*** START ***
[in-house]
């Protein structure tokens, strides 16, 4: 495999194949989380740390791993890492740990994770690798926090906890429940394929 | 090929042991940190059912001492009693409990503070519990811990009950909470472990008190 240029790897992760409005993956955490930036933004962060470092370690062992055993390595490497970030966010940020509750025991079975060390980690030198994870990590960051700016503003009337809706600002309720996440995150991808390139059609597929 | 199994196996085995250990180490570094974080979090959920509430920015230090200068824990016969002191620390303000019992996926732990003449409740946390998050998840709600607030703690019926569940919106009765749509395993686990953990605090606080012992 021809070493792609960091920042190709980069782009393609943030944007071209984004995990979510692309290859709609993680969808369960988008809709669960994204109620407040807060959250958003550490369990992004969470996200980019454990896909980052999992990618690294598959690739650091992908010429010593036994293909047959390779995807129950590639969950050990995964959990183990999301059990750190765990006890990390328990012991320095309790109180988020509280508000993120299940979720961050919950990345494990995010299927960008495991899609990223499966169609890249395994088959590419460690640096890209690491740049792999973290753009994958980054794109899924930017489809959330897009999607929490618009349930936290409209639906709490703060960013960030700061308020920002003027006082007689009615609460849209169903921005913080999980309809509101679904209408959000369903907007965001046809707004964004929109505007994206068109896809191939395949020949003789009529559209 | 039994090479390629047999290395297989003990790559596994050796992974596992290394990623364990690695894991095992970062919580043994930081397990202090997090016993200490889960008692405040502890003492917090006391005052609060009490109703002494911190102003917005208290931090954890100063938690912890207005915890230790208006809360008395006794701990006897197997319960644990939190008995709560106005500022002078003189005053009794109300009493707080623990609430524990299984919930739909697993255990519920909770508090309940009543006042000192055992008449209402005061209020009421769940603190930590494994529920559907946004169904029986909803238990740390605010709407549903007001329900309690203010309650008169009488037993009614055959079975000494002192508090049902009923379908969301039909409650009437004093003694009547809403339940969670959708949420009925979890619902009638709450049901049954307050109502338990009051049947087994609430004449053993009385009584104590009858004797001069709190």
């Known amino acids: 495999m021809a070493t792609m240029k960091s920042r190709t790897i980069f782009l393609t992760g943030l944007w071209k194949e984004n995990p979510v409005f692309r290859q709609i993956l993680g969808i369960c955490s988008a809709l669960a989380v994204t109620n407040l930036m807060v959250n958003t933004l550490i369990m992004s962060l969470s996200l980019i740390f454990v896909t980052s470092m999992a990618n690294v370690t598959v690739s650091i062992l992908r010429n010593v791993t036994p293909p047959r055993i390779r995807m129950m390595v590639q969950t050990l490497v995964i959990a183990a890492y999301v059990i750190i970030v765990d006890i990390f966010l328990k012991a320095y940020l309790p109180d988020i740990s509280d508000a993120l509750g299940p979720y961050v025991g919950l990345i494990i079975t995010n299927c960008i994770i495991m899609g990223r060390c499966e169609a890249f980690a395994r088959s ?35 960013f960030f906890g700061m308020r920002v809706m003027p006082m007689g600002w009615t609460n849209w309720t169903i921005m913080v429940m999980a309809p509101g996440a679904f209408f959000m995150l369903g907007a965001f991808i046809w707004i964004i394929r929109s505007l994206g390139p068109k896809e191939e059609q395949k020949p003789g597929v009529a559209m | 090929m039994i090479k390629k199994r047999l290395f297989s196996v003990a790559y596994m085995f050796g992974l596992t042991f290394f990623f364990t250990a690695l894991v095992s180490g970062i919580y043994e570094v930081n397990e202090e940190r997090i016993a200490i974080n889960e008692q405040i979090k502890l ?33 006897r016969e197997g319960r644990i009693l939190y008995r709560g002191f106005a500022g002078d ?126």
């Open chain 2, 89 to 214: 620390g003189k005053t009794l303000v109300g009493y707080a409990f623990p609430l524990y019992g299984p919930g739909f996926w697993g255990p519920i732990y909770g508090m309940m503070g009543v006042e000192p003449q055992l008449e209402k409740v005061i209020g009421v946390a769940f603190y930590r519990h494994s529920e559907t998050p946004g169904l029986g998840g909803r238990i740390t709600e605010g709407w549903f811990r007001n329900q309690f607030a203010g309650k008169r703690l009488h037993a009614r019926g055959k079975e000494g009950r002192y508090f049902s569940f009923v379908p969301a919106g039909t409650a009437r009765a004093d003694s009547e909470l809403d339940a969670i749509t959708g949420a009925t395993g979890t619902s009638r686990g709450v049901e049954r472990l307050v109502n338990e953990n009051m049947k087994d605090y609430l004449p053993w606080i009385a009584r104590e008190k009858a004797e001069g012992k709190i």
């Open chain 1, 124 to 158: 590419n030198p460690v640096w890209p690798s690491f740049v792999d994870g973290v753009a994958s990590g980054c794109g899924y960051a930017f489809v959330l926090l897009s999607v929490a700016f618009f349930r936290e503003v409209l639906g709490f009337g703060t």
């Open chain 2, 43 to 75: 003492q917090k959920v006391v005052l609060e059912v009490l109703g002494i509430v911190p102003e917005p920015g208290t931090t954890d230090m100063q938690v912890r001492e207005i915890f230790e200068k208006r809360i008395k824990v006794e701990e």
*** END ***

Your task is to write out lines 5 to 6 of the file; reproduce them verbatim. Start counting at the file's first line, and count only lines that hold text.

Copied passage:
């Open chain 1, 124 to 158: 590419n030198p460690v640096w890209p690798s690491f740049v792999d994870g973290v753009a994958s990590g980054c794109g899924y960051a930017f489809v959330l926090l897009s999607v929490a700016f618009f349930r936290e503003v409209l639906g709490f009337g703060t």
């Open chain 2, 43 to 75: 003492q917090k959920v006391v005052l609060e059912v009490l109703g002494i509430v911190p102003e917005p920015g208290t931090t954890d230090m100063q938690v912890r001492e207005i915890f230790e200068k208006r809360i008395k824990v006794e701990e």